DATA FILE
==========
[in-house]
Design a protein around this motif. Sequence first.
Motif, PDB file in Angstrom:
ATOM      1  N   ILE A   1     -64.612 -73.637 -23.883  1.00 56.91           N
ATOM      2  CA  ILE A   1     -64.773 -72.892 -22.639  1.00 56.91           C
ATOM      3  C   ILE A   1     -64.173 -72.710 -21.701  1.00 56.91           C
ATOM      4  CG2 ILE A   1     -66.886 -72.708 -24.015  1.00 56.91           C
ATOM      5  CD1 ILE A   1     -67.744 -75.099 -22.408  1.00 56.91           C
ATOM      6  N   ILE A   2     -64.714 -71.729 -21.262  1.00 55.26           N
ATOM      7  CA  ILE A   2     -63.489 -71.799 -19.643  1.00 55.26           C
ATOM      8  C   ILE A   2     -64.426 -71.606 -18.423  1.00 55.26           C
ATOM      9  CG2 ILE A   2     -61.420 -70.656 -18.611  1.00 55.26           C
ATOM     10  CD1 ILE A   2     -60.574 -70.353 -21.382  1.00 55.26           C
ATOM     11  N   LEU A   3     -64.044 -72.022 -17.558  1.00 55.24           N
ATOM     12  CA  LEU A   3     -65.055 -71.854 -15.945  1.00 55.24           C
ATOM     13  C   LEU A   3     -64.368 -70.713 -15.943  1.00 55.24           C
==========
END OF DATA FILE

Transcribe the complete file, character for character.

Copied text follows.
[in-house]
Design a protein around this motif. Sequence first.
Motif, PDB file in Angstrom:
ATOM      1  N   ILE A   1     -64.612 -73.637 -23.883  1.00 56.91           N
ATOM      2  CA  ILE A   1     -64.773 -72.892 -22.639  1.00 56.91           C
ATOM      3  C   ILE A   1     -64.173 -72.710 -21.701  1.00 56.91           C
ATOM      4  CG2 ILE A   1     -66.886 -72.708 -24.015  1.00 56.91           C
ATOM      5  CD1 ILE A   1     -67.744 -75.099 -22.408  1.00 56.91           C
ATOM      6  N   ILE A   2     -64.714 -71.729 -21.262  1.00 55.26           N
ATOM      7  CA  ILE A   2     -63.489 -71.799 -19.643  1.00 55.26           C
ATOM      8  C   ILE A   2     -64.426 -71.606 -18.423  1.00 55.26           C
ATOM      9  CG2 ILE A   2     -61.420 -70.656 -18.611  1.00 55.26           C
ATOM     10  CD1 ILE A   2     -60.574 -70.353 -21.382  1.00 55.26           C
ATOM     11  N   LEU A   3     -64.044 -72.022 -17.558  1.00 55.24           N
ATOM     12  CA  LEU A   3     -65.055 -71.854 -15.945  1.00 55.24           C
ATOM     13  C   LEU A   3     -64.368 -70.713 -15.943  1.00 55.24           C